But with younger and less experienced children headed abroad, new problems are emerging. Many students struggle to adapt to their new environment, at times becoming victims of violent crime. This year, a number of Chinese students were murdered while abroad. “This alarmed many students and showed them they need to protect themselves,” said Yang Liangxing, deputy director of CSCSE. Between October, 2007 and June 2012, 18 Chinese students were murdered in countries where they were

studying, working and living, Yang said. Many reports said the students were from wealthy families and made a show of their fortunes, driving luxury cars, going to clubs, entertaining multiple girlfriends and playing at business instead of dedicating themselves to their studies. “Such habits breed misfortune and tragedy,” Yang said. “Bogus schools” is another problem. The kids, especially from rich families, often care little about the quality of their education. Many are simply looking for a way to transfer their estate to a foreign country. Teens are especially likely to become upset and irrational while living abroad, as they are still maturing psychologically. The report called on Chinese embassies, consulates and Confucius academies to improve their crisis handling and support young students in their life abroad. “Learning to study hard and integrate into society should be the most important purposes of Chinese students heading abroad,” Yang said. “Only in this way can they have a better future.”


October 5 2012

Organizers of Women’s Voice shave their heads to ask for gender equality in university enrollment.

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Community

Photos provided by Women’s Voice

biggest stories was a June 20 post from Shanghai Metro’s microblog that asked women to dress conser-

vatively so as to avoid sexual harassment. Women’s Voice forwarded the message and got an incred-

ible amount of feedback. “On the microblog we asked women to share their own experiences of sexual harassment,” said Xiong Jing, who runs the microblog and is an editor at Media Monitor for Women Network. To further promote discussion, the group took photos on Beijing subway stations and trains and posted them online, asking for replies. A month later, Shanghai Metro Company changed its tone, asking the masses to be civil while riding. Other successful campaigns include getting the Ministry of Education to address the issue of xed male-to-female enrollment ratios at colleges. While the ministry would only say that the requirement is “based on national interests,” just getting their reply attracted plenty of netizen attention. Three organizers from Women’s Voice publicly shaved their heads on August 30 in Beijing, drawing widespread discussion online about gender discrimination in university enrollment. “Through this action, we hope that the Ministry of Education can reconsider the issue,” Xiong said. “Women’s interests are also national interests, and that means no gender discrimination.” On September 23, Media Monitor for Women Network published a special report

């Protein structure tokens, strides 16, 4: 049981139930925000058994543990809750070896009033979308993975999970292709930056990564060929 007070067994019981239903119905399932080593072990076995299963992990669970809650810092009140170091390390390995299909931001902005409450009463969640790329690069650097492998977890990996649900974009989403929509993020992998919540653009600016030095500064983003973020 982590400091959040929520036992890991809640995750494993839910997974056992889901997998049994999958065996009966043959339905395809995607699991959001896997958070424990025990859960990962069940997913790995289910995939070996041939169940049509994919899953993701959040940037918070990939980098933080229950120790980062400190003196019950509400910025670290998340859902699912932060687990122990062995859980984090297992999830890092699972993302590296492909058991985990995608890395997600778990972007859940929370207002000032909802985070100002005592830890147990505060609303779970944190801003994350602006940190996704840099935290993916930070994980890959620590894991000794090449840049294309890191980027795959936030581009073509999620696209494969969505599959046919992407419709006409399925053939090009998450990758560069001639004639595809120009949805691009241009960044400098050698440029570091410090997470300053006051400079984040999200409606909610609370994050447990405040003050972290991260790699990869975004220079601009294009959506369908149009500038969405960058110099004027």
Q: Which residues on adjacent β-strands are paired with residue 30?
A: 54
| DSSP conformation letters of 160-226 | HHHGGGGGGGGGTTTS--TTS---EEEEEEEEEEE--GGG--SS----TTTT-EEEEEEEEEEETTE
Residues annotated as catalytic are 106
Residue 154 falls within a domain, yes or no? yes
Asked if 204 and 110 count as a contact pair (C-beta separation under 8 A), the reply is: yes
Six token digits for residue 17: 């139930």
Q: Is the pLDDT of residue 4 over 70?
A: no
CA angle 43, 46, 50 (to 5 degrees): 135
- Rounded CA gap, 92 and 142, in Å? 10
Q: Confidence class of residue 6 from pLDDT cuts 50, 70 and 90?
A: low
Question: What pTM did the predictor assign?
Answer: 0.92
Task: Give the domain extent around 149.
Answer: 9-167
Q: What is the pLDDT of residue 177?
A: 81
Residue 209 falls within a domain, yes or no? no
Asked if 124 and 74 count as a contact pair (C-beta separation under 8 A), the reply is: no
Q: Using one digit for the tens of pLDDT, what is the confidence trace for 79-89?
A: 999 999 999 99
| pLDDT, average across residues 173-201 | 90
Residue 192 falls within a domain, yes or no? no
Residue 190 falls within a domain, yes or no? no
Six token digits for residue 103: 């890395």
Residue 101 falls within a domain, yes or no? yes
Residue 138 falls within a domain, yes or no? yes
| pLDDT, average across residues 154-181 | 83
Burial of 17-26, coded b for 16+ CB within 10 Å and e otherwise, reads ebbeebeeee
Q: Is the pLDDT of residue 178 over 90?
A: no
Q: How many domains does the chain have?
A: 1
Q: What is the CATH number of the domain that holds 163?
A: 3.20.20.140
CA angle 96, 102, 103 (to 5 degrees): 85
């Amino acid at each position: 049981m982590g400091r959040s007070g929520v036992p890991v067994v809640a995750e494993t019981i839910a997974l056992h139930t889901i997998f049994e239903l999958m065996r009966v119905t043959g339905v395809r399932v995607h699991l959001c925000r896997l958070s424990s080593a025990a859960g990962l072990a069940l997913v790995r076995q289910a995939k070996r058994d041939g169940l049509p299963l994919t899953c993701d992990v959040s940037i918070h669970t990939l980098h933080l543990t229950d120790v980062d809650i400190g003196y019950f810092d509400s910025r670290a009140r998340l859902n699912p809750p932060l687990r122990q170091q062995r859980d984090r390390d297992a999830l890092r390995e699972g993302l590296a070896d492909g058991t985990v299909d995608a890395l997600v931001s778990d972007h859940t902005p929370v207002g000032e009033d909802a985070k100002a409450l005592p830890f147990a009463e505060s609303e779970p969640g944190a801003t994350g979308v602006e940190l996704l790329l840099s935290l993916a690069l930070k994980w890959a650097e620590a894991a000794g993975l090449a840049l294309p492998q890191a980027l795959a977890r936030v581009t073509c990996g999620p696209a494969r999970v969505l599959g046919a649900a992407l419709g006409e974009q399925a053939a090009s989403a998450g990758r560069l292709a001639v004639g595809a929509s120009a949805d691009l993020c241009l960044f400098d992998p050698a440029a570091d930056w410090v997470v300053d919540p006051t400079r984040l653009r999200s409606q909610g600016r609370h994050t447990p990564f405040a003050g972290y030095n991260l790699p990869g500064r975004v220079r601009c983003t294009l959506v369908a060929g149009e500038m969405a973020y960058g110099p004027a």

with guidelines for advocating women’s rights through social media. In the report, Lü said operating an account requires constant information collection. At the same time, interaction with readers is important. “Each controversial event is an opportunity,” she said. “Controversy is always better than no one noticing ... We want people to pay more attention to our views.” Wu Ang, who runs Chengbiancun.com, a website providing news for migrant workers, said he’s concerned about women’s health issues. “Many of these problems are not recognized by the public and need to be addressed. Microblog advocacy is a way to do it,” she said. Women’s Voice also organizes and participates in offline activities, which they promote through its microblog. “Feminism in China isn’t really accepted at this point,” Lü said. “It’s an obstacle. It’s lucky that we aren’t viewed in a negative light ... but there is a lot of work that needs to be carried out. She said awareness is very important, and for that end, social media can be a great tool. “We need to give our participants the platform to express their point of view,” she said.

BEIJING TODAY

By Liu Xiaochen In the ght for women’s equality, 140 characters can go a long way, as one inuential women’s rights organization in China is proving. Women’s Voice, a microblog started in June 2010, has nearly 10,000 followers, and two highly publicized and successful campaigns under its belt. Its operators – Media Monitor for Women Network, an organization that specializes in advocating for gender equality in media – say the microblog is uniquely positioned to deliver messages to the public. “Microblogs are a microcosm of society,” said Lü Pin, one of the writers on Women’s Voice. Media Monitor for Women Network was established in 1996 by media specialists. There are three people in charge of the ofce who collect stories about gender issues that appear in mass media. They publish information about gender inequality and bias, and disseminate it any way they can, including through original and translated reports and articles. “We had to carve out our own position in social media,” said Lü, who has worked at the newspaper China Women’s Daily for 10 years. “We want to establish a new platform for the dissemination of our information.” One of the organization’s